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Question: The period of a simple pendulum is given by $T=2\pi\sqrt{\frac{L}{g}}$ where $L$ is the length of the pendulum in feet, $g$ is the constant of acceleration due to gravity, and $T$ is measured in seconds. Suppose that the length of a pendulum was measured with a maximum error of $\frac{1}{4}$%.

What will be the maximum percentage error in measuring its period?

So this is what I have so far. $$Δ{t} ≈ dT=T'dT$$ Error in period $$\frac{ΔT}{t} ≈ \frac{dT}{T}$$$$dL=\frac{1}{4}$$ $$T'=2\pi(\frac{\sqrt{g}\frac{1}{2}(L)^{-\frac{1}{2}}-\sqrt{L}\frac{1}{2}(g)^{-\frac{1}{2}}}{g})$$ Annnnnnd that's all. I have no idea how to approach this problem and I don't even know if what I have so far is right. A detailed step by step explanation would be greatly appreciated, thanks in advance.

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The following computes the first order relative error. In this case one can compute the maximum relative error exactly (since $\sqrt{\cdot}$ has nice properties), but ones misses out on seeing the functional form of the sensitivities.

Think of $T$ as a function of $L$, that is, $T(L) = 2 \pi \sqrt{L \over G}$.

Then a small change in $L$, say $\lambda$, will result in a change in $T$ of $T(L+\lambda) -T(L) \approx T'(L)\lambda$.

Hence the relative error is $\approx {T'(L) \over T(L)} \lambda$.

In this case you are given $\lambda \approx {1 \over 400} L$, so the relative error becomes $\approx {T'(L) \over T(L)} {1 \over 400} L$.

We have $T'(L) = \pi \sqrt{1 \over LG }$, so substituting gives the relative error $\approx \pi \sqrt{1 \over LG } {1 \over 2 \pi} \sqrt{G \over L} {1 \over 400} L = {1 \over 800}$.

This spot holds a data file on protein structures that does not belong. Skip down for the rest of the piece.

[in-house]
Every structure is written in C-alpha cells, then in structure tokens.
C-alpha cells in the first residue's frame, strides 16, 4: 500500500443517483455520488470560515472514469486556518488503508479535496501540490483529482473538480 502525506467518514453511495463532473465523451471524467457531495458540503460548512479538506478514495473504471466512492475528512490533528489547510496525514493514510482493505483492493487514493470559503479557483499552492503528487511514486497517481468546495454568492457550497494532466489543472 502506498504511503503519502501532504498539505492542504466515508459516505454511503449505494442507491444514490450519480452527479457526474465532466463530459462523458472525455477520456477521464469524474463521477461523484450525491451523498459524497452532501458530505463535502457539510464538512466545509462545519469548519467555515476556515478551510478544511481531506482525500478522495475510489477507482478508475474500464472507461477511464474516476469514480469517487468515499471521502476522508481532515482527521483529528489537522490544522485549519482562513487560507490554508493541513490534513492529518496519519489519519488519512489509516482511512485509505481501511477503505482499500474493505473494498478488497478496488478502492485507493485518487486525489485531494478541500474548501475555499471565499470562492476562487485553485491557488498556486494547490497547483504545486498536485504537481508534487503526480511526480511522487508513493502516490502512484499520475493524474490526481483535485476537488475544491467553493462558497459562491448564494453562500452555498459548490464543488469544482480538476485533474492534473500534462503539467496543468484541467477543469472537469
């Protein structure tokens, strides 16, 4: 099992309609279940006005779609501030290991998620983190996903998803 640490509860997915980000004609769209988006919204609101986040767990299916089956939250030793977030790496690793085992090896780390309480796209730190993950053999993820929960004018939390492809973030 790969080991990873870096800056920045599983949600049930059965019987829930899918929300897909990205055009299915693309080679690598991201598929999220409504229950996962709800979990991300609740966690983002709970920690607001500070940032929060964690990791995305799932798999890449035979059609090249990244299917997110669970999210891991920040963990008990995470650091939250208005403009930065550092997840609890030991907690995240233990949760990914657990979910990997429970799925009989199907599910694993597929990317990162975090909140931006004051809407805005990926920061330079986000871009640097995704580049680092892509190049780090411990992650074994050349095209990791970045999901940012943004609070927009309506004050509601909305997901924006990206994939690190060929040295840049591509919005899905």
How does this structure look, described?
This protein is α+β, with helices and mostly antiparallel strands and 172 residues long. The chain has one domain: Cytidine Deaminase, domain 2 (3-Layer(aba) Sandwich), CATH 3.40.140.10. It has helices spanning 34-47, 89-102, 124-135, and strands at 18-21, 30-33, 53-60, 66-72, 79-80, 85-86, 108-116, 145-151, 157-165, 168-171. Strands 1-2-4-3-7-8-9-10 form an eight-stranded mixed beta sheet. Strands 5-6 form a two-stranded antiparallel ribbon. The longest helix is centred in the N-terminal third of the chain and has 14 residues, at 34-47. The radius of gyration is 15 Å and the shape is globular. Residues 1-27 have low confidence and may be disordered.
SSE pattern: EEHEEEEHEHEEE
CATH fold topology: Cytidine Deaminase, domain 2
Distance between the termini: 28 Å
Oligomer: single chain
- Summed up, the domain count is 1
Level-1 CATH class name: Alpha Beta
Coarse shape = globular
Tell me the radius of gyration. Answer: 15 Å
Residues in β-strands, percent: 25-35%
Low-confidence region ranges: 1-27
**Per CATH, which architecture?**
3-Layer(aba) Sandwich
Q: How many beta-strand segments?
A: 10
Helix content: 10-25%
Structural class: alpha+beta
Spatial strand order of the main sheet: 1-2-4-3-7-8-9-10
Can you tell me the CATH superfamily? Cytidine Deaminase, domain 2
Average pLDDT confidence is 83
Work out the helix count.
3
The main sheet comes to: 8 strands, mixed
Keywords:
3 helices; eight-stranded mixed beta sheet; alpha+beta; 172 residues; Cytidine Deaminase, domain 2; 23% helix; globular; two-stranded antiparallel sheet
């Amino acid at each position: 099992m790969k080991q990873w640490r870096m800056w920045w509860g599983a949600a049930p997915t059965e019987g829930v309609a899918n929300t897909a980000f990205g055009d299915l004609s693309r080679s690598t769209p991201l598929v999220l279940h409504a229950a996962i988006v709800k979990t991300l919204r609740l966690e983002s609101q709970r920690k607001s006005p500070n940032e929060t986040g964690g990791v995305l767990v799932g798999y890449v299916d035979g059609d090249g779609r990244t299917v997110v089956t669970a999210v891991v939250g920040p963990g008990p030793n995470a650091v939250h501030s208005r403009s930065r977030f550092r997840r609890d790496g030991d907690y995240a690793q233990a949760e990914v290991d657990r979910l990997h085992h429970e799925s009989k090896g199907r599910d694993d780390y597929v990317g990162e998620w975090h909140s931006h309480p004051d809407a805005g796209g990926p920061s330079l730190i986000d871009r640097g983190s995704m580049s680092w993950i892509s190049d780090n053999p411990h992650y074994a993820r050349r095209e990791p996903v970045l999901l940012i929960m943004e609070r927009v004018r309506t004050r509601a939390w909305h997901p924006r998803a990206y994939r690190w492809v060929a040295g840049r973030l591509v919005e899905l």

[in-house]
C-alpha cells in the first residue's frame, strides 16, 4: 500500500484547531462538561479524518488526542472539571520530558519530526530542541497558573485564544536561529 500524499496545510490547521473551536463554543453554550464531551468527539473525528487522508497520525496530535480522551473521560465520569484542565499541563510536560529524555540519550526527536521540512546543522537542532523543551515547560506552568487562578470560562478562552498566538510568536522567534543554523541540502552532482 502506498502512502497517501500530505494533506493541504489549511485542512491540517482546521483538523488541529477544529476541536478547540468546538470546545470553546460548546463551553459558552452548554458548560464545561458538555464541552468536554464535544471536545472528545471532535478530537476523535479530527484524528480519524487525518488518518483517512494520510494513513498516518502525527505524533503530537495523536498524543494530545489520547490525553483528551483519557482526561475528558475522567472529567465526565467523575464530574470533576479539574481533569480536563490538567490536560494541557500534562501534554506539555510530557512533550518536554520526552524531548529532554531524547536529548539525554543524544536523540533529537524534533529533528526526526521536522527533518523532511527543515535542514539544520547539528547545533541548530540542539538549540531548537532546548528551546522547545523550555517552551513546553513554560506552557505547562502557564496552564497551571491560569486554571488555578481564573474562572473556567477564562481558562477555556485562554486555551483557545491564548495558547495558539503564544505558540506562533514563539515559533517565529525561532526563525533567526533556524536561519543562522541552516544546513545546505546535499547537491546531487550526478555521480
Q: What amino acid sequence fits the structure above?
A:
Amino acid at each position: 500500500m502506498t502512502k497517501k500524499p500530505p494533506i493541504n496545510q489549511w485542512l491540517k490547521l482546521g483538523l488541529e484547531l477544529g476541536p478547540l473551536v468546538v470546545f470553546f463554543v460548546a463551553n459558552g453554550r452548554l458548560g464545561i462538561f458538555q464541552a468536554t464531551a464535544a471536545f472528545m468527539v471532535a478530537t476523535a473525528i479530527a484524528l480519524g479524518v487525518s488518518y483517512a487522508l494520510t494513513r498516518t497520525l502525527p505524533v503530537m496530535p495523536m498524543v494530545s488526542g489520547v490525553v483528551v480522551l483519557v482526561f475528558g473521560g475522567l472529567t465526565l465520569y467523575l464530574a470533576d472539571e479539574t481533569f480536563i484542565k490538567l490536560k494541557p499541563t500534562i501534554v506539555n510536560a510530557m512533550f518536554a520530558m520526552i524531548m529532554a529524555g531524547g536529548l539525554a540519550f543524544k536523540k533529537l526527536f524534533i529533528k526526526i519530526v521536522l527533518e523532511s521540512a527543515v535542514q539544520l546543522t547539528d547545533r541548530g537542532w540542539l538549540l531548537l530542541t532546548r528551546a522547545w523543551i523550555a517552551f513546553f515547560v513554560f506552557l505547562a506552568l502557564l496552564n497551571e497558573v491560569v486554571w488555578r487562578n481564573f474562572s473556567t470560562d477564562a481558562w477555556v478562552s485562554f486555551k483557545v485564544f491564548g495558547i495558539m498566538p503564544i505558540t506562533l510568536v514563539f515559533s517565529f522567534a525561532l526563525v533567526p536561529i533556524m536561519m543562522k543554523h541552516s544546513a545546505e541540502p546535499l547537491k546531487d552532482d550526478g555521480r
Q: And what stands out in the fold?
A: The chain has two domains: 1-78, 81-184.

A quick check shows that the quantity is 'unit less', as it should be, and as a percentage, this is ${1 \over 8}$% (as would be expected as the power of $L$ in $T(L)$ is ${1 \over 2}$).

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  • $\begingroup$ Thanks a lot, I'm still having trouble fully grasping the concept, but this helps. I'm sure more practice will help. $\endgroup$ – Kenshin Jul 11 '14 at 3:32
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Brute force: $$ T_1 = 2\pi \sqrt{\frac{L}{g}}\sqrt{1\pm 0.0025} = T_0 \left(1\pm \frac{1}{2}.0025 +\frac{\frac{1}{2}(\frac{1}{2}-1)}{2}0.0025^2+\cdot\cdot\cdot\right) $$ So the error is $\frac{1}{2}0.0025$

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  • $\begingroup$ If you are going to compute the error like this, you might as well compute it exactly rather than using a Taylor expansion. Since $\sqrt{\cdot}$ is concave and strictly increasing at $1$, the maximum relative error will be $1-\sqrt{1-0.0025}$. $\endgroup$ – copper.hat Jul 11 '14 at 3:21
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First you have a measure of the real period $T$ with error, call it $T'$. And a measure of the length $L$ with error call it $L'$ $$T'=2\pi\sqrt{\frac{L'}{g}}$$

Assume that your $L'$ have an error of max $\frac{1}{4}\%$. Then $$L'=L(1+\epsilon)$$ Where $\epsilon$ is the error with $\left|\epsilon\right| \leq \frac{1}{4}\%$